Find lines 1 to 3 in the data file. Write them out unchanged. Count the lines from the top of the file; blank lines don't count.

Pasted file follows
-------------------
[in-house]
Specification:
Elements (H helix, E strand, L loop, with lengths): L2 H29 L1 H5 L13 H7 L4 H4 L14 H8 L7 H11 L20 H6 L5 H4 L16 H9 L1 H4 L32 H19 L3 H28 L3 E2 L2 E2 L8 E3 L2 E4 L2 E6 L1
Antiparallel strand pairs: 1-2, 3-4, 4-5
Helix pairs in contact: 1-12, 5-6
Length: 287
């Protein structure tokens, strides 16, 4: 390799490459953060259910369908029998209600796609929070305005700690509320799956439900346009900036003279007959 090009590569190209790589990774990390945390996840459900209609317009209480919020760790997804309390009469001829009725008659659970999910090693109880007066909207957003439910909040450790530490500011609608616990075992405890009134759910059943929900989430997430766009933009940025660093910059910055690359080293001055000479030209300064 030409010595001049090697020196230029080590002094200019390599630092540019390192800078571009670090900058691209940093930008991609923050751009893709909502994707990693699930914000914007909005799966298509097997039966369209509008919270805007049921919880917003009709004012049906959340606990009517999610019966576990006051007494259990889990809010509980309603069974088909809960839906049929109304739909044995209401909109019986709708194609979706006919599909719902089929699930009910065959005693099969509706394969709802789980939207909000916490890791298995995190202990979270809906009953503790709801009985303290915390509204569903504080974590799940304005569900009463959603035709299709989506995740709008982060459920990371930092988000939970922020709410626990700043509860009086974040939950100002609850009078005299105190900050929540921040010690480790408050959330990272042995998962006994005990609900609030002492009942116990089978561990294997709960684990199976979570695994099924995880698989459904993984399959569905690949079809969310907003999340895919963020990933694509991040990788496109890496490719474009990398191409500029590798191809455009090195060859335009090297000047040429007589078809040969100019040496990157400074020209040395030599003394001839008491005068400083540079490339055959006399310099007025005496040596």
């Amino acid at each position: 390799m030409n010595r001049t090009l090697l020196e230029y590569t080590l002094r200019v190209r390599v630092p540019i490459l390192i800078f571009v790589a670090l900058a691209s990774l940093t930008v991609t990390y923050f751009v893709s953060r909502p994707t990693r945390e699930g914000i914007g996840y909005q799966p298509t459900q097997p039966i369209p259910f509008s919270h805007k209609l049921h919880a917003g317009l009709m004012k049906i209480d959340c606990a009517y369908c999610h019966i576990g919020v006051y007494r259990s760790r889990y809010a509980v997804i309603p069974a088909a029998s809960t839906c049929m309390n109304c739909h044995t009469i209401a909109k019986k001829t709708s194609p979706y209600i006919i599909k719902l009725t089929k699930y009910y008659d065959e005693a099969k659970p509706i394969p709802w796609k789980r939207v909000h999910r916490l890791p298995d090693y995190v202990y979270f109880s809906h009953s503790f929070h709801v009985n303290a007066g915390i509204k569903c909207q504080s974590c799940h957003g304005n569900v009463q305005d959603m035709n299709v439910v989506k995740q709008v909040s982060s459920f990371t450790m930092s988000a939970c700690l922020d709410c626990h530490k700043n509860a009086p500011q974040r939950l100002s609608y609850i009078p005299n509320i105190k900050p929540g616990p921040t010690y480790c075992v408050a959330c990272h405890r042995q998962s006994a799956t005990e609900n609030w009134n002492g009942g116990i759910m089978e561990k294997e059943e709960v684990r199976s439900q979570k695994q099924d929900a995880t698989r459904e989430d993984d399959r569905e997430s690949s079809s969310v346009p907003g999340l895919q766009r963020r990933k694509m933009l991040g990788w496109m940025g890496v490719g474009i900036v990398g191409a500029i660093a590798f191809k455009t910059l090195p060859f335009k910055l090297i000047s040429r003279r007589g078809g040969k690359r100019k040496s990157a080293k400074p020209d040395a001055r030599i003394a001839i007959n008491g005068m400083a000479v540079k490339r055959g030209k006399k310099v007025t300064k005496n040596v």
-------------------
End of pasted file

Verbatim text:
[in-house]
Specification:
Elements (H helix, E strand, L loop, with lengths): L2 H29 L1 H5 L13 H7 L4 H4 L14 H8 L7 H11 L20 H6 L5 H4 L16 H9 L1 H4 L32 H19 L3 H28 L3 E2 L2 E2 L8 E3 L2 E4 L2 E6 L1